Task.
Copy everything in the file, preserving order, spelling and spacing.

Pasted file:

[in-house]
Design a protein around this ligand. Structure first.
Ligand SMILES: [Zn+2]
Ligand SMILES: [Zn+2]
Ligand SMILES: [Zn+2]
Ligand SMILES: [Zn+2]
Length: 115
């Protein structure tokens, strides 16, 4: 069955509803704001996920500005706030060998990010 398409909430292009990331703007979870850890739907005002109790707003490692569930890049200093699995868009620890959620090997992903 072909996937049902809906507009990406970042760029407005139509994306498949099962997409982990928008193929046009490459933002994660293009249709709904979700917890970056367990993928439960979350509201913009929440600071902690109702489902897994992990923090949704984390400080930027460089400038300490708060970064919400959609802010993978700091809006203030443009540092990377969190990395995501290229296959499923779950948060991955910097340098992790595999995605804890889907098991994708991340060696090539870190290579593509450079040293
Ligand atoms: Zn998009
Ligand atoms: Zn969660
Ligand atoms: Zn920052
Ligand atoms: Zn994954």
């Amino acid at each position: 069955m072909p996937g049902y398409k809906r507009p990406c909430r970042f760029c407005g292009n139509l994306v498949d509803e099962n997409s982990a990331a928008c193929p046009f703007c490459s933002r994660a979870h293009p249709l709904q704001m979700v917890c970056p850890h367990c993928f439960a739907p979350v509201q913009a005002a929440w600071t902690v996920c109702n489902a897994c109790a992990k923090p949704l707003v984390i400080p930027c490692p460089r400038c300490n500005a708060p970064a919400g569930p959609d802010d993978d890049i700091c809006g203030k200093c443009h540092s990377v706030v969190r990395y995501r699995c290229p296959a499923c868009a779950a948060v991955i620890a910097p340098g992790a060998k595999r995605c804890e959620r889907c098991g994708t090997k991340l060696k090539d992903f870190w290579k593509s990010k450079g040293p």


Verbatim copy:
[in-house]
Design a protein around this ligand. Structure first.
Ligand SMILES: [Zn+2]
Ligand SMILES: [Zn+2]
Ligand SMILES: [Zn+2]
Ligand SMILES: [Zn+2]
Length: 115
């Protein structure tokens, strides 16, 4: 069955509803704001996920500005706030060998990010 398409909430292009990331703007979870850890739907005002109790707003490692569930890049200093699995868009620890959620090997992903 072909996937049902809906507009990406970042760029407005139509994306498949099962997409982990928008193929046009490459933002994660293009249709709904979700917890970056367990993928439960979350509201913009929440600071902690109702489902897994992990923090949704984390400080930027460089400038300490708060970064919400959609802010993978700091809006203030443009540092990377969190990395995501290229296959499923779950948060991955910097340098992790595999995605804890889907098991994708991340060696090539870190290579593509450079040293
Ligand atoms: Zn998009
Ligand atoms: Zn969660
Ligand atoms: Zn920052
Ligand atoms: Zn994954």
């Amino acid at each position: 069955m072909p996937g049902y398409k809906r507009p990406c909430r970042f760029c407005g292009n139509l994306v498949d509803e099962n997409s982990a990331a928008c193929p046009f703007c490459s933002r994660a979870h293009p249709l709904q704001m979700v917890c970056p850890h367990c993928f439960a739907p979350v509201q913009a005002a929440w600071t902690v996920c109702n489902a897994c109790a992990k923090p949704l707003v984390i400080p930027c490692p460089r400038c300490n500005a708060p970064a919400g569930p959609d802010d993978d890049i700091c809006g203030k200093c443009h540092s990377v706030v969190r990395y995501r699995c290229p296959a499923c868009a779950a948060v991955i620890a910097p340098g992790a060998k595999r995605c804890e959620r889907c098991g994708t090997k991340l060696k090539d992903f870190w290579k593509s990010k450079g040293p």